by Daniel Gonz
Gates are wonderful processors that can clean up background noise and bleed in your audio tracks. They’re a bit tricky to understand because the key to successfully using one is often a specific feature that’s hidden or buried in the interface. The feature I’m referring to is called the sidechain. It’s a powerful element of my mixing workflow and I’d like to show you why.
To follow along with this post, you can download the audio examples here.
In its simplest form, a gate allows a signal to pass through it only when its decibel level is above a set threshold. This means the gate is ‘open’. If the signal falls below the threshold then no signal is allowed to pass. This means the gate is ‘closed’. The sidechain becomes an integral part of this entire process because it’s what the gate uses to detect whether or not the signal is above or below the set threshold.
On just about every gate there is an option to activate a pair of filters on the sidechain. Most of the time it’s just a highpass filter and a lowpass filter. These allow you to shape the detected signal. You can trim off the entire high end, trim off the entire low end, or do both. After all the gate is only detecting a measurement of volume and doesn’t really care about what the sidechain signal sounds like.
Note that microphone placement, room sound, and the artist’s performance are all major factors in high-quality audio tracks. A gate isn’t a solution for poorly recorded drum session.
Let’s say you have a snare drum that has some bleed from the high hat. This snare drum has a strong signal response between 300-700Hz. This means that there is a consistent volume level here for every snare drum hit regardless of the velocity of the hit. Having this knowledge means that we can shape the sidechain of the gate so that it only focuses on that frequency spectrum.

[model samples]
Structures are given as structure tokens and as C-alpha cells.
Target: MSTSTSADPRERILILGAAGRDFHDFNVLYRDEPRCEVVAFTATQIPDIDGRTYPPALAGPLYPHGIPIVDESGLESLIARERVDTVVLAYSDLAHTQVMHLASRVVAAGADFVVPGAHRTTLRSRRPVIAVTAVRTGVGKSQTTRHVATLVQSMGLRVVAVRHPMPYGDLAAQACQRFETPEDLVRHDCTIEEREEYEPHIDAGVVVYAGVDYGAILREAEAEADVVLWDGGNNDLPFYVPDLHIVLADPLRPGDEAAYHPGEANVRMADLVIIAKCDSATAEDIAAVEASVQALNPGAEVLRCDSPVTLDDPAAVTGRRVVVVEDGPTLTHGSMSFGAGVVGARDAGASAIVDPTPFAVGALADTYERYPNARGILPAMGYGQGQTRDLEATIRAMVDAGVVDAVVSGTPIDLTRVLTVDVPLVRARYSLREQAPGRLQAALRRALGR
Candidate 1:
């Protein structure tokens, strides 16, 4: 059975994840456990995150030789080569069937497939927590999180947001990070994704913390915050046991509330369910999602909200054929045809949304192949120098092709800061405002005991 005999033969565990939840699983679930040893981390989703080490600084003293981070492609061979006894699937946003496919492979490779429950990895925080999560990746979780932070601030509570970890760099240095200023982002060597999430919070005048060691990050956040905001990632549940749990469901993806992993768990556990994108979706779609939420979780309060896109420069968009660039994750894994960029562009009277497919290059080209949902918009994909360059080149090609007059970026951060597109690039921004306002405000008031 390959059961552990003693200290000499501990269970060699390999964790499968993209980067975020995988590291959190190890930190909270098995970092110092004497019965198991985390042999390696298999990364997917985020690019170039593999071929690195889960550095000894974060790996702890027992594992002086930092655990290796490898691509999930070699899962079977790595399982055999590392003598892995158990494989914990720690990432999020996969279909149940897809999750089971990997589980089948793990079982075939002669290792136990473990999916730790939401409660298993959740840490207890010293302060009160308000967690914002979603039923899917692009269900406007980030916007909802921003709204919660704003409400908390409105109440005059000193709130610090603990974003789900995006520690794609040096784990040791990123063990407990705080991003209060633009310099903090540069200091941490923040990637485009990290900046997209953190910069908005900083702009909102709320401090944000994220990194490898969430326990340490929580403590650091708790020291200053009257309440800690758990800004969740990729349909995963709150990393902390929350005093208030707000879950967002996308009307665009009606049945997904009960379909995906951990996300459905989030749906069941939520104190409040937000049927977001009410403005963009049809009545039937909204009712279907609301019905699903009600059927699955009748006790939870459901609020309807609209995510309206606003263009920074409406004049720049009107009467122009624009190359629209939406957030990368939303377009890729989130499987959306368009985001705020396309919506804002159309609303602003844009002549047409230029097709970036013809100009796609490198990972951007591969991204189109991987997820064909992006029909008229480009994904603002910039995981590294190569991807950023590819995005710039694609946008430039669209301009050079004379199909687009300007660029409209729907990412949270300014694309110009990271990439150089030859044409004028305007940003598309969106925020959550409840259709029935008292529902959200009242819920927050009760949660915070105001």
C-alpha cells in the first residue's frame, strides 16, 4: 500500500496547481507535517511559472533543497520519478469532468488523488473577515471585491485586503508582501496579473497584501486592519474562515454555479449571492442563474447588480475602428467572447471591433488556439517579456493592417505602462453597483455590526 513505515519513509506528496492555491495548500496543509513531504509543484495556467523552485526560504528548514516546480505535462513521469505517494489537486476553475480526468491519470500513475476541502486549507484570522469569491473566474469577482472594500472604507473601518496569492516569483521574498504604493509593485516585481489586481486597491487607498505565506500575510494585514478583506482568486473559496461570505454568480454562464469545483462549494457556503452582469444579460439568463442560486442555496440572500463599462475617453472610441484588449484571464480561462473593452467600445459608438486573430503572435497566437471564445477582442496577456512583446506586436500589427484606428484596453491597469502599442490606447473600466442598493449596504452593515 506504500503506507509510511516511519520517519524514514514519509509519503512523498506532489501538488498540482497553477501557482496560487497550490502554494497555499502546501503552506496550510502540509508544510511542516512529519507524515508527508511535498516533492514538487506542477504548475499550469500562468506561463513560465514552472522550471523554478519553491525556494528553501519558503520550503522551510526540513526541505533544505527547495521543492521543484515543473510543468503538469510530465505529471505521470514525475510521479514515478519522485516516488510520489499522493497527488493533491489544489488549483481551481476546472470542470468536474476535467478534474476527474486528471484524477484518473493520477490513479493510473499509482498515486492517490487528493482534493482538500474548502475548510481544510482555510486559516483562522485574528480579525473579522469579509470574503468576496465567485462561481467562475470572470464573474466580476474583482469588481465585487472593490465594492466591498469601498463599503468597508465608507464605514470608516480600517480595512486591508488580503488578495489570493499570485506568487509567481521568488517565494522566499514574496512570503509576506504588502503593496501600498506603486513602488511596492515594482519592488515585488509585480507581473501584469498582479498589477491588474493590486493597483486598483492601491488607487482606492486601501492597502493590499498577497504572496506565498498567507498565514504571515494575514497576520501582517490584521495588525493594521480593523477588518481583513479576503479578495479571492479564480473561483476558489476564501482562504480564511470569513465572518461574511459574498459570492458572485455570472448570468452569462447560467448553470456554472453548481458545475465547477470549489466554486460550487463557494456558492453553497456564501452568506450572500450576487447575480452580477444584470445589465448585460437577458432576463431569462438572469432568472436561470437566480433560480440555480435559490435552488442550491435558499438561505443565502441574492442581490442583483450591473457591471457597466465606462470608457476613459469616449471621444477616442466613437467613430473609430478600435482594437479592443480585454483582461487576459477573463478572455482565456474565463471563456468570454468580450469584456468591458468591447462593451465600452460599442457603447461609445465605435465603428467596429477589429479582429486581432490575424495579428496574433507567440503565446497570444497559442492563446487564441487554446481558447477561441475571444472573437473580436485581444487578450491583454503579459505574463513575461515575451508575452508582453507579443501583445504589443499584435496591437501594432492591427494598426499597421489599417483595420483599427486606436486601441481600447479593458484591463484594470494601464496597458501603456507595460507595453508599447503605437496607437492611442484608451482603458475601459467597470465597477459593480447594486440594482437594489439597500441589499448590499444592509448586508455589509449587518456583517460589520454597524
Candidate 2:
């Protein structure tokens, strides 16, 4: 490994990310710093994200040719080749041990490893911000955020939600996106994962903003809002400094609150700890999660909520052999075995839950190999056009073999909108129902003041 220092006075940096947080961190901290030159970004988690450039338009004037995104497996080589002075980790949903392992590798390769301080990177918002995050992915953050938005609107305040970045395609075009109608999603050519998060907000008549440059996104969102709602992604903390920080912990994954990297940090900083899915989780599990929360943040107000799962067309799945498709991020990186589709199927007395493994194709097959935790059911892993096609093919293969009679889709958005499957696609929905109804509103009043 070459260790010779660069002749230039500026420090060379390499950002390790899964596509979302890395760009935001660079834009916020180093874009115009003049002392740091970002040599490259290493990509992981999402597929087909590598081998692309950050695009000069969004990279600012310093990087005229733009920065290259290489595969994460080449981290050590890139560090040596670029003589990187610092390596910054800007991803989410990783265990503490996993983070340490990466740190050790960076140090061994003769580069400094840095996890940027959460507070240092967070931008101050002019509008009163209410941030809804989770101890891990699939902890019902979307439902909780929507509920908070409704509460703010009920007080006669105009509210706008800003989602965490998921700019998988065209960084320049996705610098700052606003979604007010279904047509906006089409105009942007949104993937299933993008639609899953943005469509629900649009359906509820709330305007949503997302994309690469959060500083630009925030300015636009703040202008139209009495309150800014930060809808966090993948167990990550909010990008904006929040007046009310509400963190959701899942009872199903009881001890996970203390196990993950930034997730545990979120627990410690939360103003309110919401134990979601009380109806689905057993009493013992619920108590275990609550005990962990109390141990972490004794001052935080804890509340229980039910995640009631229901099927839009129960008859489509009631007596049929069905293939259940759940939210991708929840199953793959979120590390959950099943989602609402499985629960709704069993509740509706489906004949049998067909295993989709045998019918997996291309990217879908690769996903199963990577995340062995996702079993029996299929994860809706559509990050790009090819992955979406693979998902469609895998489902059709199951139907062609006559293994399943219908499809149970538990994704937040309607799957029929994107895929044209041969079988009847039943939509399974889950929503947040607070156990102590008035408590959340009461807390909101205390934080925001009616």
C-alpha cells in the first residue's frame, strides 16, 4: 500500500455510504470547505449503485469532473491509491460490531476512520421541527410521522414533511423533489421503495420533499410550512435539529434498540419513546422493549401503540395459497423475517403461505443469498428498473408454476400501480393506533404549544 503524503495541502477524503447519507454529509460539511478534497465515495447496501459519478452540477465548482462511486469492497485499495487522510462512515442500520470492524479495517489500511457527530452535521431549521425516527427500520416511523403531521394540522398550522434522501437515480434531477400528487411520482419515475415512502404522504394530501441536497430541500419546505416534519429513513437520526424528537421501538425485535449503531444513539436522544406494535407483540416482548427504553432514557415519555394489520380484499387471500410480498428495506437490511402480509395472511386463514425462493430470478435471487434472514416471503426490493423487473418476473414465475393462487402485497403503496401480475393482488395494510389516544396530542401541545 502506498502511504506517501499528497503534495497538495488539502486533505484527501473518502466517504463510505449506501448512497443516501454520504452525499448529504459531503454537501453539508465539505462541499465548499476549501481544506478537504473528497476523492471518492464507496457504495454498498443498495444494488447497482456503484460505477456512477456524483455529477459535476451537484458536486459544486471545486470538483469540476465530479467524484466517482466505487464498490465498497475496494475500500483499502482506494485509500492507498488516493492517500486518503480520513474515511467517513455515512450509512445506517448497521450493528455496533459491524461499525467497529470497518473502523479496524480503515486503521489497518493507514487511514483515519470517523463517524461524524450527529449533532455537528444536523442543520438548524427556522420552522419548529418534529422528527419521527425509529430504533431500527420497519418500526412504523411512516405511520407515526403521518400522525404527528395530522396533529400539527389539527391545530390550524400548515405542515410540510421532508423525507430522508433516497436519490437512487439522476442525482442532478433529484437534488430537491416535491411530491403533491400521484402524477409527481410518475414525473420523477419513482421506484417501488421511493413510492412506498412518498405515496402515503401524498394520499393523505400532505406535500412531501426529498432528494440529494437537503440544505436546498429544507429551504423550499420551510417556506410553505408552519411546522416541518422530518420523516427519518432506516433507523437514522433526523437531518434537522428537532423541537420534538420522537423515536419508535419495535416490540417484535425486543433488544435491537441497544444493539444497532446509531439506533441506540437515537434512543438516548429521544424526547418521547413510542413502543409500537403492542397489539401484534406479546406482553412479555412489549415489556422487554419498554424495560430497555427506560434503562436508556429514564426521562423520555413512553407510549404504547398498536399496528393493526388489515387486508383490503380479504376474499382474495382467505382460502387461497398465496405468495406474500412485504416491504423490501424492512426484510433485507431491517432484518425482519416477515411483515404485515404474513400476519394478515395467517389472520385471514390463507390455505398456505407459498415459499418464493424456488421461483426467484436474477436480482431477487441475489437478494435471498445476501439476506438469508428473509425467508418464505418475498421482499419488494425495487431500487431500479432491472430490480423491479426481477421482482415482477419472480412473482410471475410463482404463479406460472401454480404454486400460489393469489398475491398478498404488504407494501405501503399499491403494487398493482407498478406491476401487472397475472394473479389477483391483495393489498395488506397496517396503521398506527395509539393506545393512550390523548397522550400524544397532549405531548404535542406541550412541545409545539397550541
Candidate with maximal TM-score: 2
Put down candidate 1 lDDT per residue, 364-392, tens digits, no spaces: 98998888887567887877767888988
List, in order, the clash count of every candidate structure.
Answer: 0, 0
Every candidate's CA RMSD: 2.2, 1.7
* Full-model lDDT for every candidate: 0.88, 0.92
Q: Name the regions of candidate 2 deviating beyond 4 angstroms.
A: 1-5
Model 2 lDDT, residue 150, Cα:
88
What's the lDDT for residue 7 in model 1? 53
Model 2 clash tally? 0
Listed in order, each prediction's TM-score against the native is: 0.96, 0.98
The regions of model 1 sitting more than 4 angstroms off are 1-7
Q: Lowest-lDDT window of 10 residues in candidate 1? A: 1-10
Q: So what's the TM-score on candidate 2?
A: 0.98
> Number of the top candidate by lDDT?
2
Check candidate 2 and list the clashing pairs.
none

300-700Hz works for this specific snare drum in this specific example. Make it a point to find the strong frequencies in your own tracks by using your ears.
Within the gate, locate the filters, activate them and monitor the sidechain signal. The monitor sidechain signal is typically a small listen button somewhere in the general area of the sidechain. Bring the highpass filter up to around 300Hz and bring the lowpass down to around 700Hz. You’ll hear a super boxy version of your snare drum at this point.
Notice that most of the bleed from the rest of the kit has been filtered out. The noise floor is much quieter, which will ultimately lead to a cleaner gated snare. Adjust the threshold so that each snare hit consistently stays above the threshold while the noise floor stays below it.
Now unmonitor the sidechain signal and set your attack settings to its fastest value. Set the release to a length that makes sense for your mix. Note that the small the release settings, the less releases you’ll actually get out of the snare. My setting was around 350ms for this example because I wanted a quick snappy snare that removed a lot of the high hat pattern. Obviously this will be a bit different in your own mixes.
Try this at home!
Here’s an example of this process used in context on a kick and snare drum pattern. This is only the kick and snare drum tracks.
Listen to how much this cleans up these two drum signals.
To try this out in your own DAW with your own Gate plugin, click the following link to download the audio examples used in this blog post.